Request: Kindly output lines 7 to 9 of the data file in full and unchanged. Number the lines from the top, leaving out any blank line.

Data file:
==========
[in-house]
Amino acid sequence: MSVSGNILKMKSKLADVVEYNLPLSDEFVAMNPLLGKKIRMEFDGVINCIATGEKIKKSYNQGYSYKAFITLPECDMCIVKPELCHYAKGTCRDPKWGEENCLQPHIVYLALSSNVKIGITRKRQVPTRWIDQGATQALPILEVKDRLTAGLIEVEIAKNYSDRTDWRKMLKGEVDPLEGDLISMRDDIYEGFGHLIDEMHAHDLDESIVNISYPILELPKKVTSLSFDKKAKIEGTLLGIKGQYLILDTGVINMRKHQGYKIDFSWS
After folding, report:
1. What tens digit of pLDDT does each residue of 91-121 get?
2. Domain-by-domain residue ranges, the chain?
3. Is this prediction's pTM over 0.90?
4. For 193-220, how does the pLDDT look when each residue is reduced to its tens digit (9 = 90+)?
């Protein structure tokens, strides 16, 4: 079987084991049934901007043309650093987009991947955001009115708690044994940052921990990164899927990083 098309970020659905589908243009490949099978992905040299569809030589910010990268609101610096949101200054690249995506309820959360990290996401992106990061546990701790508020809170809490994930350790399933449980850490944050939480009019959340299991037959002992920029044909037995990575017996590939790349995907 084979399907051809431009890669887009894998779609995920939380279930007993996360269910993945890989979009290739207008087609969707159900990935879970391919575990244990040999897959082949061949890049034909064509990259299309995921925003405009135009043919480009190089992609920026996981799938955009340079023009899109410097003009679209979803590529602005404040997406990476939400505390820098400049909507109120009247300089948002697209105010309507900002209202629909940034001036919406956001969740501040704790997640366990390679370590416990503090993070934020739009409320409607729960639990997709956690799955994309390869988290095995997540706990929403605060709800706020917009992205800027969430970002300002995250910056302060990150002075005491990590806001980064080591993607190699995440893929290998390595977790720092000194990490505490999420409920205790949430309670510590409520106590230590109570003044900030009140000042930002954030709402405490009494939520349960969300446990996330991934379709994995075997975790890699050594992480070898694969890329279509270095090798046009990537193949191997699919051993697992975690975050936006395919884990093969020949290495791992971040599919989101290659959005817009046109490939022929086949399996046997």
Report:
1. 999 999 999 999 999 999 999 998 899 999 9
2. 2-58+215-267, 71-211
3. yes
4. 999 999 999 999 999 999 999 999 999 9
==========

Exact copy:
4. For 193-220, how does the pLDDT look when each residue is reduced to its tens digit (9 = 90+)?
């Protein structure tokens, strides 16, 4: 079987084991049934901007043309650093987009991947955001009115708690044994940052921990990164899927990083 098309970020659905589908243009490949099978992905040299569809030589910010990268609101610096949101200054690249995506309820959360990290996401992106990061546990701790508020809170809490994930350790399933449980850490944050939480009019959340299991037959002992920029044909037995990575017996590939790349995907 084979399907051809431009890669887009894998779609995920939380279930007993996360269910993945890989979009290739207008087609969707159900990935879970391919575990244990040999897959082949061949890049034909064509990259299309995921925003405009135009043919480009190089992609920026996981799938955009340079023009899109410097003009679209979803590529602005404040997406990476939400505390820098400049909507109120009247300089948002697209105010309507900002209202629909940034001036919406956001969740501040704790997640366990390679370590416990503090993070934020739009409320409607729960639990997709956690799955994309390869988290095995997540706990929403605060709800706020917009992205800027969430970002300002995250910056302060990150002075005491990590806001980064080591993607190699995440893929290998390595977790720092000194990490505490999420409920205790949430309670510590409520106590230590109570003044900030009140000042930002954030709402405490009494939520349960969300446990996330991934379709994995075997975790890699050594992480070898694969890329279509270095090798046009990537193949191997699919051993697992975690975050936006395919884990093969020949290495791992971040599919989101290659959005817009046109490939022929086949399996046997």
Report: